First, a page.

Δ §183 “And of the worthless prima materia they [the alchemists] say: “Despise not the ash, for it is the diadem of they heart, and the ash of things that endure.”“
Square brackets mine

The filius regius = Kings Son, or Rex marinus seems to me to be very important and linked to the Melusina, who is a variant of the mercurial serpent, also the Arcane Substance, see §177 pp. above.”

Δ §187 “When this is purified by the fire in the sun,77 the pure water78 comes forth, and, having returned to simplicity,79 it [the quaternity as unity] will show the adept the fulfilment of the mysteries.”
77 The sun is the birthplace of the “spiritual fire,” mentioned above. Light symbols always refer psychologically to consciousness or to a content that is becoming conscious.
78 The aqua pura is the aqua permanens of the Latin and Arabic alchemists and the <greek test here> of the Greeks. It is the spiritus mercurialis in water form, which in turn serves to extract the “soul” of the substance. The spiritus mercurialis corresponds to the spiritual fire, hence aqua = ignis. Although these terms are used indiscriminately, they are not the same, since fire is active, spiritual, emotional, close to consciousness, whereas water is passive, material, cool, and of the nature of the unconscious. Both are necessary to the alchemical process since this is concerned with the union of opposites. Cf. Psychology and Alchemy, Fig. 4.

Δ Σ §187 “In these relations between four, three, two, and one is found, says Dorn, the “culmination of all knowledge and of the mystic art, and the infallible midpoint of the centre (infallibile medii centrum).”80 The One is the midpoint of the circle, the centre of the triad, and it is also the “novenary foetus” (foetus novenarius), i.e., it is as the number nine to the ogdoad, or as the quintessence to the quaternity.81
81 Dorn, “Duellum animi cum corpore,” Theatr. chem., I (1659), p. 482. This number symbolism refers to the axiom of Maria: “One becomes Two, Two becomes Three, and out of the Third comes One as the Fourth” (Berthelot, Alch. grecs, VI, v, 6). This axiom runs through the whole of alchemy, and is not unconnected with the Christian speculations regarding the Trinity. Cf. my “Psychology and Religion,” p. 60, and “A Psychological Approach to the Dogma of the Trinity, ” pp. 164ff.
Theatrum Chemicum (= Theatr. chem. ).

Λ §195 “And as a matter of fact he was right, for the human soul is not something cut off from nature. It is a natural phenomenon like any other, and its problems are just as important as the questions and riddles which are presented by the diseases of the body. Moreover there is scarcely a disease of the body in which psychic factors do not play a part, just as physical ones have to be considered in many psychogenic disturbances.”

Σ §196 “It the opus alchymicum claimed equality with the opus divinum of the Mass, the reason for this was not grotesque presumption but the fact that a vast, unknown Nature, disregarded by the eternal verities of the Church, was imperiously demanding recognition and acceptance.”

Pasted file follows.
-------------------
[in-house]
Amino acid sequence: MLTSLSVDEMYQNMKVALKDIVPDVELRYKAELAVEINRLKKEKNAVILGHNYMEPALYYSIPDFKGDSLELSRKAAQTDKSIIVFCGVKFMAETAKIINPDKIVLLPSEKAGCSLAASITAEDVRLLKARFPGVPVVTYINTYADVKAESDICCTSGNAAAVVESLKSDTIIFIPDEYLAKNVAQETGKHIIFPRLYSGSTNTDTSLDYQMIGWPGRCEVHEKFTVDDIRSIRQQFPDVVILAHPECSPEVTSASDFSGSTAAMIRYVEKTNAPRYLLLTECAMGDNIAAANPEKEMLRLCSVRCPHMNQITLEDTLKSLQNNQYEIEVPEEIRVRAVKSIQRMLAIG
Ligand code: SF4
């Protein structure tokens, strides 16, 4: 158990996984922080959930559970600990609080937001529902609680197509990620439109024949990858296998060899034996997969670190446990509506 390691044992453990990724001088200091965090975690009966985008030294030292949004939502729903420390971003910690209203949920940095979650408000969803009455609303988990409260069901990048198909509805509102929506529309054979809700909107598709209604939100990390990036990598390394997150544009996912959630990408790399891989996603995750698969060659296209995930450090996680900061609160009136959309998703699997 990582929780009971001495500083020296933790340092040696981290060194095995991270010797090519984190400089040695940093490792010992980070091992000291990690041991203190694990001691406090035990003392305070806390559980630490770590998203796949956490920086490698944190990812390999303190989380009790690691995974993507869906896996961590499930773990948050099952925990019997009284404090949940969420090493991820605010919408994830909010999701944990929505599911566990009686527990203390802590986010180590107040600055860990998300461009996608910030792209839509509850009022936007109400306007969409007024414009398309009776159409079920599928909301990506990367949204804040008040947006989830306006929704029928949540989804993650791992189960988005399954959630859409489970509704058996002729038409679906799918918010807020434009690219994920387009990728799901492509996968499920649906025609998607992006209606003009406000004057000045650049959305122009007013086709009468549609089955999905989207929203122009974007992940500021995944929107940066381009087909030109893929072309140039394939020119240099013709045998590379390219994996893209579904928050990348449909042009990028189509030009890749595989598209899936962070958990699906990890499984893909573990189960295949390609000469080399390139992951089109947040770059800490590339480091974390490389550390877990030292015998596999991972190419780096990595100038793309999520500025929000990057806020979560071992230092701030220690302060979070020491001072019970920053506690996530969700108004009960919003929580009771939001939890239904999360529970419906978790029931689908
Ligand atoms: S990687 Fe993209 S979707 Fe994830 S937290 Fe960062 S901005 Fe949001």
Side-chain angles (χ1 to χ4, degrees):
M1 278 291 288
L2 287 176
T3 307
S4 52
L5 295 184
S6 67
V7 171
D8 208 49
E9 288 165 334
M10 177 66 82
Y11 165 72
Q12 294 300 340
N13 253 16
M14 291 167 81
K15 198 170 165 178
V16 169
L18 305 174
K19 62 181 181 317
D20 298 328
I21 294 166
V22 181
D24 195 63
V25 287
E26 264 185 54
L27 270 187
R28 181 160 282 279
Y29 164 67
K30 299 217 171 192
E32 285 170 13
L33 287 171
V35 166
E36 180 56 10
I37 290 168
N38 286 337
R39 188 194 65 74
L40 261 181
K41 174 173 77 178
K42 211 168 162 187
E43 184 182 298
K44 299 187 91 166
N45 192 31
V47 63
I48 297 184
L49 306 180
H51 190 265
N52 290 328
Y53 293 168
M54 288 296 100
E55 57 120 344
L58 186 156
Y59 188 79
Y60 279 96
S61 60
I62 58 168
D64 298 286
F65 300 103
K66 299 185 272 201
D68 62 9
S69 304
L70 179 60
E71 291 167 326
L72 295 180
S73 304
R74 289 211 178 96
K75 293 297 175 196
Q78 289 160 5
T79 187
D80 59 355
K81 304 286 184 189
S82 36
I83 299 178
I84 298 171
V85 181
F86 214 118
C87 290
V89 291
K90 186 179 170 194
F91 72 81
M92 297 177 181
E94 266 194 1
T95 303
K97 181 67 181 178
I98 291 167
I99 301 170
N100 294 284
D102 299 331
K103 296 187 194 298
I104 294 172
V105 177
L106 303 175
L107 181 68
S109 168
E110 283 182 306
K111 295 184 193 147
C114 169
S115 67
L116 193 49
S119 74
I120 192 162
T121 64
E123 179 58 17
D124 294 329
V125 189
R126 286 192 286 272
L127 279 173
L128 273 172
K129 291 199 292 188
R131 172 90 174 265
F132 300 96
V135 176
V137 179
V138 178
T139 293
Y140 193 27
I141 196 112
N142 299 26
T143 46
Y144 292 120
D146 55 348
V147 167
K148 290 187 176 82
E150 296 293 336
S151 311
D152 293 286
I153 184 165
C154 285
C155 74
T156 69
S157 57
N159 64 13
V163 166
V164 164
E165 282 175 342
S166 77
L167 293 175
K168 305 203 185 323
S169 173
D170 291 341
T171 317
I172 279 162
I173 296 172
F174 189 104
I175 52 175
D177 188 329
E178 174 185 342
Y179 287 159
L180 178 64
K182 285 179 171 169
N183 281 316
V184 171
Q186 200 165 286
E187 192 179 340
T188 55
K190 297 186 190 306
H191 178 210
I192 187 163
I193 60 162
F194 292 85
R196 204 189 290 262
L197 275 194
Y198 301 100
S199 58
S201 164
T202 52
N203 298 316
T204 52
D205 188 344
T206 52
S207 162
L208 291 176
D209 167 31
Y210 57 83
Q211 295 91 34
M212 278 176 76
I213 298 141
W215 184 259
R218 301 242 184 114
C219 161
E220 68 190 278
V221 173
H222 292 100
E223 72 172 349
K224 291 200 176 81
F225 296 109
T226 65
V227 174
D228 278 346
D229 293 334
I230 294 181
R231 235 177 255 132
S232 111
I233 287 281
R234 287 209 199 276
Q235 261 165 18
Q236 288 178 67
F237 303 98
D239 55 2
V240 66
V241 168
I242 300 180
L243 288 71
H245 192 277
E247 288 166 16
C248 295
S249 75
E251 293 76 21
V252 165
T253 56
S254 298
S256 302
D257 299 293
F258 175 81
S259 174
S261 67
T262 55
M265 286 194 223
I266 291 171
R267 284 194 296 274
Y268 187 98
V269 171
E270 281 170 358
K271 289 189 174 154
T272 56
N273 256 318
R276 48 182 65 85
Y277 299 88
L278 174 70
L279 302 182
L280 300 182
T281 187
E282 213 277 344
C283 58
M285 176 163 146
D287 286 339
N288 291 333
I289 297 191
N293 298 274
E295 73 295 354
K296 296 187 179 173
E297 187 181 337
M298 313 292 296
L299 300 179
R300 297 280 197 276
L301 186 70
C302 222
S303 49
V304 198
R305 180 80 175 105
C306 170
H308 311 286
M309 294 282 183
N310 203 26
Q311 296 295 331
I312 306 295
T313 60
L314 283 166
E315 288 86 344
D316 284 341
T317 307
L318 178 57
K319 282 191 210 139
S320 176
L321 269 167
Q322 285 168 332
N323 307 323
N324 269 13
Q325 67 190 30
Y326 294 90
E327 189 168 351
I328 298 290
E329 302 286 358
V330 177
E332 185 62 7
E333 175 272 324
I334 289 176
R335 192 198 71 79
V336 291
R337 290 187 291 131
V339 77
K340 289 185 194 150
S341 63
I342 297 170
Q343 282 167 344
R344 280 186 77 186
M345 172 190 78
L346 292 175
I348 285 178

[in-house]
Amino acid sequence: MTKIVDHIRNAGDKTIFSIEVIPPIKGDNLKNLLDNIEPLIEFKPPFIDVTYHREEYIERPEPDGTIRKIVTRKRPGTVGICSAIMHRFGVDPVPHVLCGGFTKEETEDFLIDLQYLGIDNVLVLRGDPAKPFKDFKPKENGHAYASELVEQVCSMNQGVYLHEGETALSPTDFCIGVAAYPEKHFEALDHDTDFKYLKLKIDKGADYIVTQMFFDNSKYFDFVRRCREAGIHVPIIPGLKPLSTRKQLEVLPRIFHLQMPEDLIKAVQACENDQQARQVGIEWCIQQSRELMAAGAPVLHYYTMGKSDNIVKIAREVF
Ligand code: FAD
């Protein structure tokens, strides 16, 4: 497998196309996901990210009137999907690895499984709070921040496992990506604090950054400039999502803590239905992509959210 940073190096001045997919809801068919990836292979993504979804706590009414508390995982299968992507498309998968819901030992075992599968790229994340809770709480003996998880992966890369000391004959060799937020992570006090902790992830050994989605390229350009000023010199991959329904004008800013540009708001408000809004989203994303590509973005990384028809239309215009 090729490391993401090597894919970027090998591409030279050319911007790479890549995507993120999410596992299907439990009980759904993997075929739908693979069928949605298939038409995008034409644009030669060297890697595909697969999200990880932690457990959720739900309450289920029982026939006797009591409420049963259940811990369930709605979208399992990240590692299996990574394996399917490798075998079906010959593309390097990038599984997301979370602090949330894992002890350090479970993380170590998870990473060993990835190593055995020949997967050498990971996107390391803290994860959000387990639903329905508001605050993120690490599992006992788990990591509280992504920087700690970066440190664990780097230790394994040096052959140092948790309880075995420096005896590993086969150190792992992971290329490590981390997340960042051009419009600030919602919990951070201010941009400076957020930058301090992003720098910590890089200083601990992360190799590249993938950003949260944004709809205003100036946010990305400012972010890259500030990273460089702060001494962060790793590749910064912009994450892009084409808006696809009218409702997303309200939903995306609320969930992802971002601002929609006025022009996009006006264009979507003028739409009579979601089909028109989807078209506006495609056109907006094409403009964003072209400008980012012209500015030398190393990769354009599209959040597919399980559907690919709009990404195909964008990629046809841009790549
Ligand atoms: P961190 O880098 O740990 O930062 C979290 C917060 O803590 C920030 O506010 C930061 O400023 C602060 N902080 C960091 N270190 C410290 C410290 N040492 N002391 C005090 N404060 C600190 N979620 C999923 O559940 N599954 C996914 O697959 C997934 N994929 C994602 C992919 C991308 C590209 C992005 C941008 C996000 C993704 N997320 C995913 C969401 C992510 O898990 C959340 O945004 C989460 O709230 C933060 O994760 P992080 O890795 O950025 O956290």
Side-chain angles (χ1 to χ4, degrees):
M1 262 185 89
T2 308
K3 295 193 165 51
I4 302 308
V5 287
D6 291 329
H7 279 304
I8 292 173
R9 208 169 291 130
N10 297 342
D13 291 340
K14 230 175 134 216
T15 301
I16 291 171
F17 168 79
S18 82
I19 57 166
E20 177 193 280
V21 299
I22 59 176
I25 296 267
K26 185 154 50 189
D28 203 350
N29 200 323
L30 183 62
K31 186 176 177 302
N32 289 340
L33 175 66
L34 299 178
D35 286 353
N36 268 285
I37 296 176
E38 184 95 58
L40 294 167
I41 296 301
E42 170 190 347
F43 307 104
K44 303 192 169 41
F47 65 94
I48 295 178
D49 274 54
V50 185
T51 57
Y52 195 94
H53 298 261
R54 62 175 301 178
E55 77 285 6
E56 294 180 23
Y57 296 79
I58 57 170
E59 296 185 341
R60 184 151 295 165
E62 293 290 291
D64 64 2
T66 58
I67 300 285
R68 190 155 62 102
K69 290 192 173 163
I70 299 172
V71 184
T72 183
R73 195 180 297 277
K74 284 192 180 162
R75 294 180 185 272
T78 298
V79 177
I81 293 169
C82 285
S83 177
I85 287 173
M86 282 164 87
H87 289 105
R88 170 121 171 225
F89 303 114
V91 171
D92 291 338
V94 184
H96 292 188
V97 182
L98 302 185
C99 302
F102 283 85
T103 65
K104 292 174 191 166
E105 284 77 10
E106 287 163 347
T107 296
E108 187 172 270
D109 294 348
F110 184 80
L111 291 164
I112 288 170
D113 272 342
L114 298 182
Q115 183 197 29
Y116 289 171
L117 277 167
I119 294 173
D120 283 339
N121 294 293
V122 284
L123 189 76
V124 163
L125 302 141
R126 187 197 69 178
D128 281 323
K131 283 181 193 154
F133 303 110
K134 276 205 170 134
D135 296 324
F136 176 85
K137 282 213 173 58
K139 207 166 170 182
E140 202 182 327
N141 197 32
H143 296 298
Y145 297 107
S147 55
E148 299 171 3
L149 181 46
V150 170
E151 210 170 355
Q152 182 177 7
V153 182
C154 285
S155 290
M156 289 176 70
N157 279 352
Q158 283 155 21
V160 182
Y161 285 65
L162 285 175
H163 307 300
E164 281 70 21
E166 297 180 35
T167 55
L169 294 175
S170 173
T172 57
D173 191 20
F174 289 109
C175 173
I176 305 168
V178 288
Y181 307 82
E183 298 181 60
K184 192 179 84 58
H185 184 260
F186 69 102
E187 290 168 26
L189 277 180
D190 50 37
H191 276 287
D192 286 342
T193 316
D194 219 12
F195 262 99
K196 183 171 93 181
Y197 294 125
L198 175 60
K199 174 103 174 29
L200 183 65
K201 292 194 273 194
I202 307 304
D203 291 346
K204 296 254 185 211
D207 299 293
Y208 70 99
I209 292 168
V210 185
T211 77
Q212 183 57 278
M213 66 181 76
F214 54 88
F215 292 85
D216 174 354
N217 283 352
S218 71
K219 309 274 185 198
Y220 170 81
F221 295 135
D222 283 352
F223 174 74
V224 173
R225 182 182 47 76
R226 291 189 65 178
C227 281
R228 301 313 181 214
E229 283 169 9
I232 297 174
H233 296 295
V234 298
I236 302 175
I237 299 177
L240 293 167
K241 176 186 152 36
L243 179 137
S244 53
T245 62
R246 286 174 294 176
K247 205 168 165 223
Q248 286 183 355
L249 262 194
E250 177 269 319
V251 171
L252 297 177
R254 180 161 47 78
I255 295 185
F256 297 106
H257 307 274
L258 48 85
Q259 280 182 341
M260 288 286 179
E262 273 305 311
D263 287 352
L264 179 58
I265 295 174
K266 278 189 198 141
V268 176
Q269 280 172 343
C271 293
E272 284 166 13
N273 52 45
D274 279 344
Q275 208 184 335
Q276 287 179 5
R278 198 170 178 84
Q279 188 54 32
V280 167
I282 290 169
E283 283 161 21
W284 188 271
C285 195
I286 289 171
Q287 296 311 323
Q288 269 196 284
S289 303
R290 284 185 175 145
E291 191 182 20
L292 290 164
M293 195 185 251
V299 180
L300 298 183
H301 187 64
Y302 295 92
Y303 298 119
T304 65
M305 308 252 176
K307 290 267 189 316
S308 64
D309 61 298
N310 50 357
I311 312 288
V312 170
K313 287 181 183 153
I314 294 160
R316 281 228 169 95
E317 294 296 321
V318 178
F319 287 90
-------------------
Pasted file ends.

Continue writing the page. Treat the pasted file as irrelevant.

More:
§197 “The light from above made the darkness still darker' but the lumen naturae is the light of the darkness itself, which illuminates its own darkness, and this light the darkness comprehends.”

Δ §198 “Not separation of the natures but union of the natures was the goal of alchemy.”
This is in the context of Nature, and the lumen naturae. The rest of the paragraph is a good read on the nature of Nature, and Nature worship in some way.
…“It strives not for isolation but for union, for the wedding feast followed by death and rebirth.”…I like that, it continues…“Paracelsus's “exaltation in May” is this marriage, the “gamonymus” or hierosgamos of light and darkness in the shape of Sol and Luna. Here the opposites unite what the light from above had sternly divided.”
gamo- [ Gr. gamos, marriage ]
heiro- [ Gr. hieros, holy ]

§199 “Here only the symbol helps, for, in accordance with its paradoxical nature, it represents the “tertium” that in logic does not exist, but which in reality is the living truth.”

§199 ”…for the symbol not only conveys a visualisation of the process but - and this is perhaps just as important - it also brings a re-experiencing of it , of that twilight which we can learn to undertand only through inoffensive empathy, but which too much clarity only dispels.”
Italics and highlight mine. I think this is great, a quality of the symbolic that is not often expressed. The quality to return to a symbol and recall, re-experience…I have felt this. It is important therefore not to contain the symbol or it will dispel its magic as Jung says.

§208 “This contradiction is resolved when we bear in mind that these concepts of Paracelsus were the result not of rational reflection but of intuitive introspection, which was able to grasp the quaternary structure of consciousness and its archetypal nature. The one is mortal, the other immortal.”
The contradiction Jung is referring to here is that of the immortal nature of the lumen naturae (although he mentions that Paracelsus mentions in other writings other than the Vita Longa (= long life) that the lumen naturae are mortal) and the mortal powers of the Scaiolae (the lovers of wisdom) and the 'mental powers and virtues, properties of the arts of the mind', the conscious mind, i.e. mortal.